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Erin D.
ENG 271
Dr. Nordstrom
6 April 2010

Dear Cop MacDonald,

I can't thank you enough for publishing your book and allowing us the opportunity to read and discover ways to get a life. I was very impressed, both in your book and in our Skype session with you, by how down-to-earth and accessible you were able to make the topics. I really appreciated that you not only share your advice regarding wisdom, but also that you truly seem to live a life of wisdom, intelligence, and compassion -- all characteristics emphasized in your book.

One of the chapters from your book that I most enjoyed was "Our Engagement with Work". I thought that the metaphor for work as a game -- both serious and simultaneously not serious -- was such an innovative way to approach the subject. You also told us both in our Skype session that the wisest way to go about finding a career that fulfills us is to go with our passion, but I'm really struggling with this right now. What if the thing we love -- or at least the thing that we think we love -- seems impossible? I want to be a doctor more than anything; I'm willing to put in the diligent work required for acceptance to Medical School. I know that I have a strong desire to be a doctor, but is that enough? It seems that everything around me is shoving me in another direction, farther and farther away from success in medicine. I'm discouraged by my science professors, my advisor, my grades, and my classes. I'm anxious about the effects that the new Health Care system will have on my future career. I'm afraid of not having time for my family, for my friends, or for myself. I'm disheartened by nearly everything and everyone around me. And yet, I still feel in my gut that being a doctor is what I want to do. Doesn't that, in itself, prove something? Should I continue in that direction even though there is opposition coming at me from every direction? Or is this some profound, cosmic way of the universe telling me to redirect my course in another direction?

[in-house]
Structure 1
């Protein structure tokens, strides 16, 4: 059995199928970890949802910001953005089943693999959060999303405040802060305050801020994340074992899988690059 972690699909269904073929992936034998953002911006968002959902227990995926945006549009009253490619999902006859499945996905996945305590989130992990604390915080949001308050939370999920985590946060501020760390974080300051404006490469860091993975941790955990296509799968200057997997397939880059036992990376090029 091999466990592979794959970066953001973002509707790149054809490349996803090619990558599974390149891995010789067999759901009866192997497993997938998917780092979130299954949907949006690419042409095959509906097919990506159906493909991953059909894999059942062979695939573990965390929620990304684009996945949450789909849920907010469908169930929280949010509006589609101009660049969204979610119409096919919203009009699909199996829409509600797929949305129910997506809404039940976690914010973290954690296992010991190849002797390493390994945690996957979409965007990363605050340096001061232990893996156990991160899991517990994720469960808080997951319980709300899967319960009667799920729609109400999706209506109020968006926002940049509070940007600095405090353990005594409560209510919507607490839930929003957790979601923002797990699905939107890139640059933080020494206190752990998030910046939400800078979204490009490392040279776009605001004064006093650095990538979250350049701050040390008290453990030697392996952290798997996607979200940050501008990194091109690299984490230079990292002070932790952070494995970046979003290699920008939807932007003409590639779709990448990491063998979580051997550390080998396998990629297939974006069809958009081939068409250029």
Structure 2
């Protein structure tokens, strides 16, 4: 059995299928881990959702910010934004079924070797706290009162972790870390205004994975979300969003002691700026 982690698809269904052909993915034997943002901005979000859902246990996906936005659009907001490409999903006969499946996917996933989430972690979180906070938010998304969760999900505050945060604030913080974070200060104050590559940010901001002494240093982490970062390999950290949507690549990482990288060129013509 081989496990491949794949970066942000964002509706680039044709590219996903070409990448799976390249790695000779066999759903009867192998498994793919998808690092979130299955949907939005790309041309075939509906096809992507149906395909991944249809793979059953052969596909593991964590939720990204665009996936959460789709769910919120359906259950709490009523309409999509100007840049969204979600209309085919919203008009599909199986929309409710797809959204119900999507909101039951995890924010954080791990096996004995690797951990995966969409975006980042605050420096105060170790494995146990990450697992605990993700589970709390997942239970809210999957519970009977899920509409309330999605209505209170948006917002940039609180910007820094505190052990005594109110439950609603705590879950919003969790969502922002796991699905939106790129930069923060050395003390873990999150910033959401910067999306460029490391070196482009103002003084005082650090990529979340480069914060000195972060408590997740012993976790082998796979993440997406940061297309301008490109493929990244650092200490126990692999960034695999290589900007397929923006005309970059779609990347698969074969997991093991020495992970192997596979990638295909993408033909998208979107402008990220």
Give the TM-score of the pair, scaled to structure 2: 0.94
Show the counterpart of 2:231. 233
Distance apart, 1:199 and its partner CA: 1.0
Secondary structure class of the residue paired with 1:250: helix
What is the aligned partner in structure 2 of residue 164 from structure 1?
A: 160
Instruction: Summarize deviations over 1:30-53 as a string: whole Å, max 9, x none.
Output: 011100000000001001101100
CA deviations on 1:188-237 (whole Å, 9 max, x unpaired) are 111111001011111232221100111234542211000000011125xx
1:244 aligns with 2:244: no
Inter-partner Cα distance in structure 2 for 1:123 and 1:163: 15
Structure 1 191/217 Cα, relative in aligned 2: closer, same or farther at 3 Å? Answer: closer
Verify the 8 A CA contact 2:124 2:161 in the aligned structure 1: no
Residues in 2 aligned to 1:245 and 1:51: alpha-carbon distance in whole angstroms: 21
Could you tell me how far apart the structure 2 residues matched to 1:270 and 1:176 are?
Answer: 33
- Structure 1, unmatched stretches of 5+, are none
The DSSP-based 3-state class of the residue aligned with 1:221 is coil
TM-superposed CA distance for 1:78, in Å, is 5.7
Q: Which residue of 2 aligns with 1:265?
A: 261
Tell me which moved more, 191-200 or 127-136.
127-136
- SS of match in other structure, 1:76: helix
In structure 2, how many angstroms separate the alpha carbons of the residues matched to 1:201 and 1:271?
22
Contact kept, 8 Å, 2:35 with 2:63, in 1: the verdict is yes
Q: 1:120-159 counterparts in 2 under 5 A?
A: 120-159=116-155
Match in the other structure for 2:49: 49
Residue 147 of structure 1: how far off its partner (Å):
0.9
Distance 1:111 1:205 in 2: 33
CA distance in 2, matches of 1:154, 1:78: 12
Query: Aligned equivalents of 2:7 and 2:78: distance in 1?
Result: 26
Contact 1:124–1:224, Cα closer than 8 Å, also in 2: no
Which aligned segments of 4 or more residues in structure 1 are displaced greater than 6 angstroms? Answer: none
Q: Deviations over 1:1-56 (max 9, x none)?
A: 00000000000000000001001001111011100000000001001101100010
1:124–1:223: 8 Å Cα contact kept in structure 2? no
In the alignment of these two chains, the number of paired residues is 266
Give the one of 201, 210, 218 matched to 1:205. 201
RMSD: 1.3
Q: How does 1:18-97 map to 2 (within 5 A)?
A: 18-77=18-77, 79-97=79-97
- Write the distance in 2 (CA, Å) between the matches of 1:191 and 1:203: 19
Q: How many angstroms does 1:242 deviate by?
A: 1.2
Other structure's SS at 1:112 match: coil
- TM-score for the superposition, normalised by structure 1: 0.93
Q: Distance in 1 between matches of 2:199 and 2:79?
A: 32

Clearly, your "Appropriate Planning" chapter also had a profound impact on me; I'm a big control freak, and I have a serious problem with accepting the inability to control everything in my life. I fully admit that I want all the answers, and I want them now, a mindset that has not served me particularly well thus far. Your advice to let go of the need to control and begin to go with the flow sounds good -- even liberating -- to me in theory, but I'm unsure whether I'll ever totally accomplish this feat. I have, however, begun to practice meditation early in the morning, and I certainly feel a weight lifted from my worrisome heart. I'm not positive where the weight has come from, but I can feel that I've taken a step in the right direction -- for this, I thank you.

Without a doubt, my favorite chapter was Chapter 10: "Feeling Good about Ourselves". As a young woman, I've always struggled to some degree with a negative self-image and low self-esteem. "Switch your attention from what you don't have to what you do have" was some very good advice; the more I think about it and actively switch my focus from the negative to the positive, the more I realize: what you focus on grows. Another sentence really resonated with me in this chapter: "All of us, all the time, are doing the best we can." This statement's meaning to me was two-fold: doing the best I can is enough, but it is also something for which I should strive. After all, the absolute best that I can do is not going to come from a lackadaisical, half-hearted attitude toward life; I need to be engaged in all that I do. This outlook, I believe, has shown me the path toward a more effective life.